Friday, July 2, 2004

Dodgeball: A True Underdog Story / *** (2004)

"If you can dodge a wrench, you can dodge a ball," says an eccentric coach played by Rip Torn as he tosses tools at his team hoping that someone learns to do something other than just stand there and be hit by flying objects. A point like this is much more amusing in context with having seen it in "Dodgeball: A True Underdog Story," but in ways it serves at the ideal platform to begin this review. Why? Because Torn's dialogue plays less like instructions to inexperienced athletes and more like warnings to the audience about the convoluted logic required of such an undertaking. This is not the kind of movie you are going to see because you want comedy that is politically correct or even halfway rational, after all.

I paint this picture to sound as if it is a negative, but amazingly enough the movie works (at least most of the time) because of this approach. "Dodgeball" is silly, illogical and downright brainless fluff that, for one reason or another, manages to be both funny and charismatic all the way through. Whether it is at a moment when star Ben Stiller turns his character into the punchline of his own jokes or when a game-player is being blasted hard by rubber balls, the film is a consistent barrel of chuckles. Of course, no one will expect you to recall more than two or three actual jokes a week or so after you have seen them, but the better comedies of the recent years don't depend on lasting impressions anyway. Here, at least, is an endeavor that lives for the moment and has a lot of mindless fun doing so.

The story revolves around two competing gyms: one, a high-profile (and high-profit) establishment called Globo Gym run by exercise guru White Goodman (Stiller), and the other, a lesser-known one called Average Joe's managed by the much-less-ambitious Peter La Fleur (Vince Vaughn). For years, the movie suggests, both gyms have coexisted without any hint of dissent, but as the film opens Goodman is conducting a takeover of Average Joe's that will allow him to turn his own gym into a local franchise. Peter, alas, is so far behind in payments that he has no way to counter his competitor, and the prospect of the place being surrendered over to a more imperialistic owner in 30 days seems inevitable. Lucky for Peter and his assemblage of co-workers/gym enthusiasts, however, they would do just about anything to come up with the necessary $10 thousand to keep Globo Gym from assuming ownership, and when they learn about an obscure sport called Dodgeball that will pay that amount of money to any team that wins the national championship in Las Vegas, they decide to go for it. What this assemblage of "underdogs" don't count on, however, is the vengeful Goodman putting together his own team of athletes to compete in the same sport to ensure that Average Joe's doesn't make it into the finals.

The title of the movie inspires the kind of hope that the premise seems to overlook. Average Joe's Gym isn't composed of a membership of people who could succeed much at any sport, much less one that requires them to be coordinated enough to dodge objects as they are being hurled at them by vengeful competitors. Besides having a half-serious owner and an overzealous coach leading the pack, the team of misfits consists of a teen who wants to impress a girl by becoming a cheerleader, a guy who thinks he's a pirate, and another guy who tries to pretend that his marriage to a made-to-order Asian bride is genuine. An entourage of individuals like this wouldn't even be ideal for competing in a Special Olympics, but after they manage to get into the Las Vegas finals via a technicality, their teamwork gives them skill, confidence, and a fighting chance at taking away the top prize. The movie is surprisingly refreshing in the way it allows non-hopefuls to become so darn good at defending something they believe in.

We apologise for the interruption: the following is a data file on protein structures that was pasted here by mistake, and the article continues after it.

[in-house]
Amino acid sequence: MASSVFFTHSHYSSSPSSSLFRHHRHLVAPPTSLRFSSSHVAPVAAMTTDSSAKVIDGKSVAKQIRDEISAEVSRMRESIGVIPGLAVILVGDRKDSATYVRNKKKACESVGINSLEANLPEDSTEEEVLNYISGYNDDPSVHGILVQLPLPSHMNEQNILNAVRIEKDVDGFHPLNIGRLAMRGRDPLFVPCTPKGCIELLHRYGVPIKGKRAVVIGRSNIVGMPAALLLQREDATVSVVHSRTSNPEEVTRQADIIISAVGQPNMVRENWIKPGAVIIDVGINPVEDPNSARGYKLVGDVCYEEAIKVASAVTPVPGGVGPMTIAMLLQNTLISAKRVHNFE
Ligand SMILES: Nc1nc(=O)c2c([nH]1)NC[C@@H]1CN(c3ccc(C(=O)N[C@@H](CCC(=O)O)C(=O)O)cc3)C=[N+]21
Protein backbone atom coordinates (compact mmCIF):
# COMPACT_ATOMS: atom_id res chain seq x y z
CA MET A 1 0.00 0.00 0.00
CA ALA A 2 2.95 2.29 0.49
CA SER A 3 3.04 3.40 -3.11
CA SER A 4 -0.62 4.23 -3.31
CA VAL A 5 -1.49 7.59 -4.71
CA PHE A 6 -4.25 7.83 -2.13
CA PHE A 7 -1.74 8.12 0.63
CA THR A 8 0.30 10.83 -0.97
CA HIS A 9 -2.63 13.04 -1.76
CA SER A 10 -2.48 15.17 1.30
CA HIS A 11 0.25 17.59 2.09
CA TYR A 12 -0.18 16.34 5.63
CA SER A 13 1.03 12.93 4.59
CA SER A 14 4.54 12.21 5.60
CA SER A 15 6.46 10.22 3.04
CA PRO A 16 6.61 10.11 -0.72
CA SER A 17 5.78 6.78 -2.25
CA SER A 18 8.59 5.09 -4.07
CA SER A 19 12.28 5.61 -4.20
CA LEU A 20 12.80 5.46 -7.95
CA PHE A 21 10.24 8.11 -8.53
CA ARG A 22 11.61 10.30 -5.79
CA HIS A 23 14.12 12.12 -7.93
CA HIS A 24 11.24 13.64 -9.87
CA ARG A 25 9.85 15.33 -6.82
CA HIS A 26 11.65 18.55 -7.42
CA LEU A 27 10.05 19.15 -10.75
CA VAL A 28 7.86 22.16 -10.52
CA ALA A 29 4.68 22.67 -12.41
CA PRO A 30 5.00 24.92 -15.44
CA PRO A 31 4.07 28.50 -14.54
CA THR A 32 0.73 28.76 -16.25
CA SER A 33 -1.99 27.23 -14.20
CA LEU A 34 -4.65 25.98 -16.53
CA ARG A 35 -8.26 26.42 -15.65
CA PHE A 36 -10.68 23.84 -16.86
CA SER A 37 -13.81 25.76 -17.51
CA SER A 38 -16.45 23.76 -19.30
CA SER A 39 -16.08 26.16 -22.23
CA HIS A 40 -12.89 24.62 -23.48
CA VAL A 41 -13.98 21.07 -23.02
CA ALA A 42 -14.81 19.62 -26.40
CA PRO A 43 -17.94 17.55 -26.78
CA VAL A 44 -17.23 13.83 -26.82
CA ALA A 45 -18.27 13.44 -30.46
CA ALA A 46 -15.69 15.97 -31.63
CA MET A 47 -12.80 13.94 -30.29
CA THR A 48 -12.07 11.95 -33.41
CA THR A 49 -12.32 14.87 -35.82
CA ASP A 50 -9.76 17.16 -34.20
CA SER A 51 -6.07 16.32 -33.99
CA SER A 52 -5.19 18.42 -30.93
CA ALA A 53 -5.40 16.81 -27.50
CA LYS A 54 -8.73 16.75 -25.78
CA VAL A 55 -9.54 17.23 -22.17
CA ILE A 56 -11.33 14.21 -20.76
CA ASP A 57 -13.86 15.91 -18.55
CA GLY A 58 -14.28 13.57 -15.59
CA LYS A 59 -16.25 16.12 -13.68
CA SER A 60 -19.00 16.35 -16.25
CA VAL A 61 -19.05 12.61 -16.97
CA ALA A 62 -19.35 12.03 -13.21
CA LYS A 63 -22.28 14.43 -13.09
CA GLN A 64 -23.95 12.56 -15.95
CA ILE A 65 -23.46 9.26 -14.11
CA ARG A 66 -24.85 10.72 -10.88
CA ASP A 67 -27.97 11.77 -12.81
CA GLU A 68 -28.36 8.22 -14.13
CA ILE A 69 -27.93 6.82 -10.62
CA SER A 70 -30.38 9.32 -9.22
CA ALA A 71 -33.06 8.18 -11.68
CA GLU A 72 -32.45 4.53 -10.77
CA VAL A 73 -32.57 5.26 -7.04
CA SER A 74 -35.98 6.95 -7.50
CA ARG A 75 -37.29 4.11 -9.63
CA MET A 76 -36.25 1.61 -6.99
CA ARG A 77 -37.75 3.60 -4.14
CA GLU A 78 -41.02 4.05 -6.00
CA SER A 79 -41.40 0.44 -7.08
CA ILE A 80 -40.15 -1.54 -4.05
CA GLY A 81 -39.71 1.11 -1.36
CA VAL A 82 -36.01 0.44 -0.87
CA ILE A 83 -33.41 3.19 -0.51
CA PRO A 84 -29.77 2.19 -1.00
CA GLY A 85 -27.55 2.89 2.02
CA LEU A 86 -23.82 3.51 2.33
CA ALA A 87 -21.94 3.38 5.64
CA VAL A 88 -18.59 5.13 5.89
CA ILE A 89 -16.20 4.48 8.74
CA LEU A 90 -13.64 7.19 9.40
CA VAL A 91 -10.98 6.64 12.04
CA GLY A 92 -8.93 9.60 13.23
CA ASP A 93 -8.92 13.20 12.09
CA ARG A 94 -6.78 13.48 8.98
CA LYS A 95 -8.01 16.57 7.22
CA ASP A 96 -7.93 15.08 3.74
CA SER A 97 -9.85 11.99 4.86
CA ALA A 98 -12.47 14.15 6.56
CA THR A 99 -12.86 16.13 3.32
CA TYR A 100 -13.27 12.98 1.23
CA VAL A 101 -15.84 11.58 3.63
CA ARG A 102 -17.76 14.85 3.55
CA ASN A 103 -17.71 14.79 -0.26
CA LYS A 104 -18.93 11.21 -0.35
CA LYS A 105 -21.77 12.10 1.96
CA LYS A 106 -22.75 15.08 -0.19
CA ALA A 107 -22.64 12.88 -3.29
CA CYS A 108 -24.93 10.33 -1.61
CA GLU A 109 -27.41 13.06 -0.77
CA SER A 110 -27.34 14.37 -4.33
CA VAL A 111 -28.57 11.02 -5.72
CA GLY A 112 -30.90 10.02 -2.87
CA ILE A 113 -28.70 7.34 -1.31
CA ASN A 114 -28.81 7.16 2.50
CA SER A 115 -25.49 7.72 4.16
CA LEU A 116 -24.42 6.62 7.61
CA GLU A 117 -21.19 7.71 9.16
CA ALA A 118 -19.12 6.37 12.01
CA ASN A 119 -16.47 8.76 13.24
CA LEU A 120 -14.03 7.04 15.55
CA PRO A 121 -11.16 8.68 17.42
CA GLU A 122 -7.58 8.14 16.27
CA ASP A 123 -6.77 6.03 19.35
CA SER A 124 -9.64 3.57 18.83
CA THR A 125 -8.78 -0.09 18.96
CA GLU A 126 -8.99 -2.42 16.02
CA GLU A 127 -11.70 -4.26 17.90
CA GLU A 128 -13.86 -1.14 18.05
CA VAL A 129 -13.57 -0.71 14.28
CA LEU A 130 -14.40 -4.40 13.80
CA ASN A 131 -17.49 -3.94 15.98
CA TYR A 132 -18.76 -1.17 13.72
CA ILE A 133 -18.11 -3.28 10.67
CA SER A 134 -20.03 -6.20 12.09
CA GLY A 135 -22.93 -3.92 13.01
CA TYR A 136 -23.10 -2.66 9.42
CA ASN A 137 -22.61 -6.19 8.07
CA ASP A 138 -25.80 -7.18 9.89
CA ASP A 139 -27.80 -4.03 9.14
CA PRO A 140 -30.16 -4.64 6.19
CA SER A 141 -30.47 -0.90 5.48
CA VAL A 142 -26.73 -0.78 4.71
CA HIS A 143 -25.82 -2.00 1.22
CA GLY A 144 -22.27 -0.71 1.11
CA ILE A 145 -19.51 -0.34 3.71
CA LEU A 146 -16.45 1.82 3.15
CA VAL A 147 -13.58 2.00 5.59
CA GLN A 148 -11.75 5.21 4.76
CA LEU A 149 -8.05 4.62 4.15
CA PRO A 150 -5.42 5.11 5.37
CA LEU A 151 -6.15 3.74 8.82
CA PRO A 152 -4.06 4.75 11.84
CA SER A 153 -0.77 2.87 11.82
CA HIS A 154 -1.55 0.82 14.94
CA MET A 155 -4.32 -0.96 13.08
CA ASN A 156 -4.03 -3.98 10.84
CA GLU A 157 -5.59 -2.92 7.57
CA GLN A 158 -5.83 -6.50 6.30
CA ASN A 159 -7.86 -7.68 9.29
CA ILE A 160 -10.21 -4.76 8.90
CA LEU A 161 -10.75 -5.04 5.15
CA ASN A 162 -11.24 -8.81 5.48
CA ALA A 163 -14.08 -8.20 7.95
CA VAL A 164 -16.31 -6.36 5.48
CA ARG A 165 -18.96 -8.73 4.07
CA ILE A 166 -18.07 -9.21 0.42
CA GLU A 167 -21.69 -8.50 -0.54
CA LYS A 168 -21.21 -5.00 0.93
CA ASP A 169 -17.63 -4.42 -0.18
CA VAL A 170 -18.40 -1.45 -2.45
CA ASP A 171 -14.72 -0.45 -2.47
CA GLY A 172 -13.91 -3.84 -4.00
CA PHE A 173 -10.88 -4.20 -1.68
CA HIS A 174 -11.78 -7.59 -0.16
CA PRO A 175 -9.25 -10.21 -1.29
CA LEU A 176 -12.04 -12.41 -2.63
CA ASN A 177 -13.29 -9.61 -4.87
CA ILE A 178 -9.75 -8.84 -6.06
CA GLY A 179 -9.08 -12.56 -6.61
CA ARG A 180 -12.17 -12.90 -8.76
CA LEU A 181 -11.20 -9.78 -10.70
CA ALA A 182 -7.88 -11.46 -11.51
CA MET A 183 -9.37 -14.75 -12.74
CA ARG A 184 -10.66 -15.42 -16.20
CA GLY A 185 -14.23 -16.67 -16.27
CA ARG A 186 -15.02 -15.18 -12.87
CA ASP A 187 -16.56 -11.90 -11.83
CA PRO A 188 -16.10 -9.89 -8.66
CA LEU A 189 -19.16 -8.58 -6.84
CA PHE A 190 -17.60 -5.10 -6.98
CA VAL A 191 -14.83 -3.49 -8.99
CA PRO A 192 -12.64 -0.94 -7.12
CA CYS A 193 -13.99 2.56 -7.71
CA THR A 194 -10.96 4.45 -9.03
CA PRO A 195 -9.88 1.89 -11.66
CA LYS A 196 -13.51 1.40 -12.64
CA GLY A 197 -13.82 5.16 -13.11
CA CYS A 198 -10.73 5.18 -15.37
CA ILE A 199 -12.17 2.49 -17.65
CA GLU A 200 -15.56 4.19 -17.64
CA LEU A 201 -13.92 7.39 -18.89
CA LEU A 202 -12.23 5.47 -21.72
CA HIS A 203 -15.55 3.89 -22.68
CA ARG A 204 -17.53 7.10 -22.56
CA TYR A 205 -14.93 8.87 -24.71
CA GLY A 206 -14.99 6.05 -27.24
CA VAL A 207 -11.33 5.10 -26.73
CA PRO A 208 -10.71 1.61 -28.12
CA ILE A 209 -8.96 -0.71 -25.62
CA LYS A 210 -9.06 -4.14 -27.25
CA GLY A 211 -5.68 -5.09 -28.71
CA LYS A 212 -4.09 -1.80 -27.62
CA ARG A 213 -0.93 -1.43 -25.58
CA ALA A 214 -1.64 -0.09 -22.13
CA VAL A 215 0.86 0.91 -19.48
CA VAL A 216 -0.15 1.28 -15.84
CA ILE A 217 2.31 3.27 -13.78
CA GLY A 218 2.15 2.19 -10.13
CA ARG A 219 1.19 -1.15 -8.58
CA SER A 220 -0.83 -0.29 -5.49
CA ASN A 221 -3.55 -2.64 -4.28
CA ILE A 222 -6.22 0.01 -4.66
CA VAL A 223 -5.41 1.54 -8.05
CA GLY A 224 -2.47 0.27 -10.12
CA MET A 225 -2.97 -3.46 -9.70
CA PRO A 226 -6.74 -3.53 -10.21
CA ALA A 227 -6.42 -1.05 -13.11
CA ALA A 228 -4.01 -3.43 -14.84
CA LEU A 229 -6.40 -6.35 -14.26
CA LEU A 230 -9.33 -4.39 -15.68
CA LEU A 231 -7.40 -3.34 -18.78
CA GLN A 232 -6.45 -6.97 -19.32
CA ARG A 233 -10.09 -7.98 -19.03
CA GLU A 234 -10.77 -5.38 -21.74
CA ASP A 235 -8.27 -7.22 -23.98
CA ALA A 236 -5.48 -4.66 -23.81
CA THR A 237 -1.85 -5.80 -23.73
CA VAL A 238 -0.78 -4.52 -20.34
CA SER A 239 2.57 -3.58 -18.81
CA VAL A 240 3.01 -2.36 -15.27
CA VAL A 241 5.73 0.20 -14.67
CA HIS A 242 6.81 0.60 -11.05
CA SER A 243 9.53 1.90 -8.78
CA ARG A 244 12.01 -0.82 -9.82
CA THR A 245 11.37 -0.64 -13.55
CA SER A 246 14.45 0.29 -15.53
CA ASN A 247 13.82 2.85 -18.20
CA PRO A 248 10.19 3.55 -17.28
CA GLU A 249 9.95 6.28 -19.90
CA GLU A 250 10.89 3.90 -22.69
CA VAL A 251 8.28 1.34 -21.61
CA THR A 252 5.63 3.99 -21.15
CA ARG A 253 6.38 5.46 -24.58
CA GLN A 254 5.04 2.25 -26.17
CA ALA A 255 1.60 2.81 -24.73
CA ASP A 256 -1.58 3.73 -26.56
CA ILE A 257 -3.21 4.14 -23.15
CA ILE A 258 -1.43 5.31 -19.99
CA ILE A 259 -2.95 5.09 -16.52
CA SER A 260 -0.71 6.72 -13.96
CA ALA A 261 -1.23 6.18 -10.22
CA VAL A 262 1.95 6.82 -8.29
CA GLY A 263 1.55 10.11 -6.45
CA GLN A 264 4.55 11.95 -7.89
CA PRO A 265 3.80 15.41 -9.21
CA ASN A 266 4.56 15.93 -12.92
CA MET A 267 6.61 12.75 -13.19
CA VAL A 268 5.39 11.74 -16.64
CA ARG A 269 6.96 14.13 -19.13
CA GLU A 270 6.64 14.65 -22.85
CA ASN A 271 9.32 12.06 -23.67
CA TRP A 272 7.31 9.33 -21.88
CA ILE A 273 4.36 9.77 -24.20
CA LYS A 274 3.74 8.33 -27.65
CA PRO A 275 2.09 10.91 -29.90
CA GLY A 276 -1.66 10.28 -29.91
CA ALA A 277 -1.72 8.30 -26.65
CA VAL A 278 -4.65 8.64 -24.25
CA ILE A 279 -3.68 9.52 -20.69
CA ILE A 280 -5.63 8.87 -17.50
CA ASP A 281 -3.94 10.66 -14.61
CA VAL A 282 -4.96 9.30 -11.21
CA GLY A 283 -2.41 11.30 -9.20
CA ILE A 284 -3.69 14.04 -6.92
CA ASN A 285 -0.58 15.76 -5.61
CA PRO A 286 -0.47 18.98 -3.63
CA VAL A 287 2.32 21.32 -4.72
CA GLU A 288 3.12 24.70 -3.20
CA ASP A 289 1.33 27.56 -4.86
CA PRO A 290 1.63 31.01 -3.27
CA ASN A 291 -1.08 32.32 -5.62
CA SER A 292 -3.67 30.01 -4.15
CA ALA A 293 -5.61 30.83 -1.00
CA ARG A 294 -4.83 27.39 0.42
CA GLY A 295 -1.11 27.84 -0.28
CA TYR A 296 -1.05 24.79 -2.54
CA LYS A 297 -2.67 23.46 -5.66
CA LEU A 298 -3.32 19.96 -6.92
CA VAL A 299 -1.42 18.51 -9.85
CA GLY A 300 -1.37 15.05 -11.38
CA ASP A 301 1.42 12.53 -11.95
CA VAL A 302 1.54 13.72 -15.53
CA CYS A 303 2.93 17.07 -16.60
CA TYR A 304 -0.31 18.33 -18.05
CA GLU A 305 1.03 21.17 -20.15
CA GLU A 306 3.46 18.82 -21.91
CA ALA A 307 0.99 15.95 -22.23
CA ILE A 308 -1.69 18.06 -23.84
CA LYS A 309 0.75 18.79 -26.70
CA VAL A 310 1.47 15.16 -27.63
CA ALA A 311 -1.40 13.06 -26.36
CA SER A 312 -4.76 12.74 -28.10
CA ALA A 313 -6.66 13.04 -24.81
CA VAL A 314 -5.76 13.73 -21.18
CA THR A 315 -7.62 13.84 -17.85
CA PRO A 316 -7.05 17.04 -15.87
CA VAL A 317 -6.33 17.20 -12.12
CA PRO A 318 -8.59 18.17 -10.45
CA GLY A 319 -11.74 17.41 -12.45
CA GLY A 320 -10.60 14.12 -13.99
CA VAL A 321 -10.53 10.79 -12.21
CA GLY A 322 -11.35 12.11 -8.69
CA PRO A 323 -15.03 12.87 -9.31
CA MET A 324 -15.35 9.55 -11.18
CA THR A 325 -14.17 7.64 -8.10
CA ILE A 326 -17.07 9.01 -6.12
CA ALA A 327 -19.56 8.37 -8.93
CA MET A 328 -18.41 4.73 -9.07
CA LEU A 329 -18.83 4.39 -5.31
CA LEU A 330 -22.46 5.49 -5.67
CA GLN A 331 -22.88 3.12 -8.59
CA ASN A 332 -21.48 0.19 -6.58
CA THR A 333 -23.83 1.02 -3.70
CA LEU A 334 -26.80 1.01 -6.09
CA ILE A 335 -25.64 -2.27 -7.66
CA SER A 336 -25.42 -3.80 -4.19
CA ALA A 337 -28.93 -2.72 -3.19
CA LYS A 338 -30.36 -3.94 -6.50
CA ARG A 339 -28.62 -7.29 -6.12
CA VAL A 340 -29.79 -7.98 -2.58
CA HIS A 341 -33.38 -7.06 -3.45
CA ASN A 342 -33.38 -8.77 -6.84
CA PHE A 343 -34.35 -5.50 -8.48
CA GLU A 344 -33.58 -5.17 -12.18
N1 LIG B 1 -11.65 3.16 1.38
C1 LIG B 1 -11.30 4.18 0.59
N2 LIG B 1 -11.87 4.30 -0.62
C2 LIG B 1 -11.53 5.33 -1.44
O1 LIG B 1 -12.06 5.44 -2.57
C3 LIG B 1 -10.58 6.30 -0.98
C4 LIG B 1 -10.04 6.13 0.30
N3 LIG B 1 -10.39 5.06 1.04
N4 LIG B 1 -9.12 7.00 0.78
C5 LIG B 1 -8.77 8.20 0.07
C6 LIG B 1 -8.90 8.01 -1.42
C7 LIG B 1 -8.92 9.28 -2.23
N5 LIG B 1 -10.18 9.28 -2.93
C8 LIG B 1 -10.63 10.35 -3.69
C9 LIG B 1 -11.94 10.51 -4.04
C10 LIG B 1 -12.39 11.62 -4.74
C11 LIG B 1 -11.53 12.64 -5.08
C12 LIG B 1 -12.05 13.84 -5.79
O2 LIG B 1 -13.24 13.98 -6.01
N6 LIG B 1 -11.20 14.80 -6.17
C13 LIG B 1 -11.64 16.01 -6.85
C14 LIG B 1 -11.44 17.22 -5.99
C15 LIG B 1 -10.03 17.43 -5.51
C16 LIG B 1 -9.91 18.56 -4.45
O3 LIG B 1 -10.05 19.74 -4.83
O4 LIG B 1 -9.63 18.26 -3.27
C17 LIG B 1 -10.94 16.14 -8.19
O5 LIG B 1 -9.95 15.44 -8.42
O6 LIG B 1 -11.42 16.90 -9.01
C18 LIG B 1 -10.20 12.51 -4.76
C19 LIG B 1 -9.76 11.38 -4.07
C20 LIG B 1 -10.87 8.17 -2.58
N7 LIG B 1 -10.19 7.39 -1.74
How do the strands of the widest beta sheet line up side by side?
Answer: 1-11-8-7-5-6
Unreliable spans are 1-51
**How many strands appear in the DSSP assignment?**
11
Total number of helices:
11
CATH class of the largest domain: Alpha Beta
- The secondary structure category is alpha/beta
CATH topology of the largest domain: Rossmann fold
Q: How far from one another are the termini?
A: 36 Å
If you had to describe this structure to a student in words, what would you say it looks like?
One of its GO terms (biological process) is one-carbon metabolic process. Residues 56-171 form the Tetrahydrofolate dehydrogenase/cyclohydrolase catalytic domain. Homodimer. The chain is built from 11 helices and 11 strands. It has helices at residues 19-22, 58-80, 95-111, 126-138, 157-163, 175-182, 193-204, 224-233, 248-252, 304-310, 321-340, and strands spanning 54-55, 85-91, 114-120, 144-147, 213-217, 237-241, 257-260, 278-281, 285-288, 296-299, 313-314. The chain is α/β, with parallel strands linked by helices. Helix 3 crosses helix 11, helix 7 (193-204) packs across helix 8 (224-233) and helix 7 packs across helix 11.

As the team of unlikely heroes provokes a good dose of the comedy, so does the primary villain. While delivering the flamboyant White Goodman, Stiller brings an obnoxious charm to the role that you would suspect other actors to overlook; he's flashy, goofy, overzealous and out of touch with reality, and his dialogue has a certain wit that, in any other kind of comedy, might have seemed out of place or too forced ("No one makes me bleed my own blood," or "Your gym is a skid mark on the underpants of society"). Stiller, like any other comedic actor, is not always successful when trying to be very flashy (consider the over-the-top mess of "Zoolander," for example), but in this context (and in this particular delivery), it compliments the movie.

As both the writer and director, Rawson Marshall Thurber does a pretty good job of giving otherwise substandard material a very energetic edge; though the script isn't exactly earth-shattering by any means, its consistent sense of comical timing keeps the level of amusement high (and the fact that the picture only runs 92 minutes means that he doesn't try to over-stretch things, too). At a time when the theater has seemingly been contaminated by painfully-bad action flicks, how nice it is to see a little comedy like this that makes you smile occasionally without insulting you in the process.

Written by DAVID KEYES

Comedy (US); 2004; Rated PG-13 for rude and sexual humor, and language; Running Time:92 Minutes

Vince Vaughn: Peter La Fleur
Christine Taylor: Kate Veatch
Ben Stiller: White Goodman
Rip Torn: Patches O'Houlihan
Justin Long: Justin
Stephen Root: Gordon
Joel David Moore: Owen
Chris Williams: Dwight
Alan Tudyk: Steve the Pirate

Produced by Stuart Cornfeld, Mary McLaglen, Rhoades Rader and Ben Stiller; Written and Directed by Rawson Marshall Thurbe

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